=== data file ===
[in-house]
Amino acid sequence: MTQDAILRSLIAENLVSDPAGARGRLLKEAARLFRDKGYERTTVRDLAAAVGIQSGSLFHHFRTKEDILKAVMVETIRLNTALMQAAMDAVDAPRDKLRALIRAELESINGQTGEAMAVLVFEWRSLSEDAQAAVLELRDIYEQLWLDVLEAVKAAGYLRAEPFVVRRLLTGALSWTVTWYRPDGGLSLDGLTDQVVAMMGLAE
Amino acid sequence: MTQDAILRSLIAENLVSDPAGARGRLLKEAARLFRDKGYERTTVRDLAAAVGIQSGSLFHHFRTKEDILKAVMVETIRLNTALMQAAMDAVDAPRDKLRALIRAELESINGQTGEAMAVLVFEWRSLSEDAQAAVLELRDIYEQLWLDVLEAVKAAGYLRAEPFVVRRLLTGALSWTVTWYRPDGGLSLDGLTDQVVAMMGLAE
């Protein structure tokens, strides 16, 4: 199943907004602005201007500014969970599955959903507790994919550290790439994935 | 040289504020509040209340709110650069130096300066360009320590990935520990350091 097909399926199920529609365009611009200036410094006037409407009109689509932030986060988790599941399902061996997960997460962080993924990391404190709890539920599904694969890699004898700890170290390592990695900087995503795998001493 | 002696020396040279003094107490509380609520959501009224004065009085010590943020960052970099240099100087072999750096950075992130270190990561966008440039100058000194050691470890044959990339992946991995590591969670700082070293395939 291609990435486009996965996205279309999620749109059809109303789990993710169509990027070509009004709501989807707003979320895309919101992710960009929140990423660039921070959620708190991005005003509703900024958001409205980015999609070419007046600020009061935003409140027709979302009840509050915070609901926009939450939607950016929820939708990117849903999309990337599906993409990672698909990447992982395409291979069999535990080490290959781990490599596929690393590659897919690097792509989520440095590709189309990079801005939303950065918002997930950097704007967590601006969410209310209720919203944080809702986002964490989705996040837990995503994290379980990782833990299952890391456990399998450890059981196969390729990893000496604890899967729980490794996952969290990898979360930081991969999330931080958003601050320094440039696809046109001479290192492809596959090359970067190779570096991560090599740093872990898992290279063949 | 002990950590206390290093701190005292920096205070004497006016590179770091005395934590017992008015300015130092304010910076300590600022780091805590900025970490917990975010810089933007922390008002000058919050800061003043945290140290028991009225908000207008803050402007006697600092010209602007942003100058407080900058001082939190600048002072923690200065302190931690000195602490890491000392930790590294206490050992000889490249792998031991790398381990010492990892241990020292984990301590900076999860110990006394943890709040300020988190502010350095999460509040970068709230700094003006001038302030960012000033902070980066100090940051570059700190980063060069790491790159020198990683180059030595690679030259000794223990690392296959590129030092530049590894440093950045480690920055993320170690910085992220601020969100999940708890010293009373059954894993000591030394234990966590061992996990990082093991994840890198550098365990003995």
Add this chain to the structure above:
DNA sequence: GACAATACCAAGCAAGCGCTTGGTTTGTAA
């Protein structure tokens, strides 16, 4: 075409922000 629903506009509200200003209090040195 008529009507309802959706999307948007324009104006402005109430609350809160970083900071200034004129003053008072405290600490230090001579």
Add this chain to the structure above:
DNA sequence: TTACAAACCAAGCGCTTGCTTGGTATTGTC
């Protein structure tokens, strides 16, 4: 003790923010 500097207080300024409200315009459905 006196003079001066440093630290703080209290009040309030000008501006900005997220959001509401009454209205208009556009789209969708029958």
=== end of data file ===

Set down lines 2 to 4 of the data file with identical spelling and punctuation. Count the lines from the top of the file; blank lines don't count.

Amino acid sequence: MTQDAILRSLIAENLVSDPAGARGRLLKEAARLFRDKGYERTTVRDLAAAVGIQSGSLFHHFRTKEDILKAVMVETIRLNTALMQAAMDAVDAPRDKLRALIRAELESINGQTGEAMAVLVFEWRSLSEDAQAAVLELRDIYEQLWLDVLEAVKAAGYLRAEPFVVRRLLTGALSWTVTWYRPDGGLSLDGLTDQVVAMMGLAE
Amino acid sequence: MTQDAILRSLIAENLVSDPAGARGRLLKEAARLFRDKGYERTTVRDLAAAVGIQSGSLFHHFRTKEDILKAVMVETIRLNTALMQAAMDAVDAPRDKLRALIRAELESINGQTGEAMAVLVFEWRSLSEDAQAAVLELRDIYEQLWLDVLEAVKAAGYLRAEPFVVRRLLTGALSWTVTWYRPDGGLSLDGLTDQVVAMMGLAE
């Protein structure tokens, strides 16, 4: 199943907004602005201007500014969970599955959903507790994919550290790439994935 | 040289504020509040209340709110650069130096300066360009320590990935520990350091 097909399926199920529609365009611009200036410094006037409407009109689509932030986060988790599941399902061996997960997460962080993924990391404190709890539920599904694969890699004898700890170290390592990695900087995503795998001493 | 002696020396040279003094107490509380609520959501009224004065009085010590943020960052970099240099100087072999750096950075992130270190990561966008440039100058000194050691470890044959990339992946991995590591969670700082070293395939 291609990435486009996965996205279309999620749109059809109303789990993710169509990027070509009004709501989807707003979320895309919101992710960009929140990423660039921070959620708190991005005003509703900024958001409205980015999609070419007046600020009061935003409140027709979302009840509050915070609901926009939450939607950016929820939708990117849903999309990337599906993409990672698909990447992982395409291979069999535990080490290959781990490599596929690393590659897919690097792509989520440095590709189309990079801005939303950065918002997930950097704007967590601006969410209310209720919203944080809702986002964490989705996040837990995503994290379980990782833990299952890391456990399998450890059981196969390729990893000496604890899967729980490794996952969290990898979360930081991969999330931080958003601050320094440039696809046109001479290192492809596959090359970067190779570096991560090599740093872990898992290279063949 | 002990950590206390290093701190005292920096205070004497006016590179770091005395934590017992008015300015130092304010910076300590600022780091805590900025970490917990975010810089933007922390008002000058919050800061003043945290140290028991009225908000207008803050402007006697600092010209602007942003100058407080900058001082939190600048002072923690200065302190931690000195602490890491000392930790590294206490050992000889490249792998031991790398381990010492990892241990020292984990301590900076999860110990006394943890709040300020988190502010350095999460509040970068709230700094003006001038302030960012000033902070980066100090940051570059700190980063060069790491790159020198990683180059030595690679030259000794223990690392296959590129030092530049590894440093950045480690920055993320170690910085992220601020969100999940708890010293009373059954894993000591030394234990966590061992996990990082093991994840890198550098365990003995």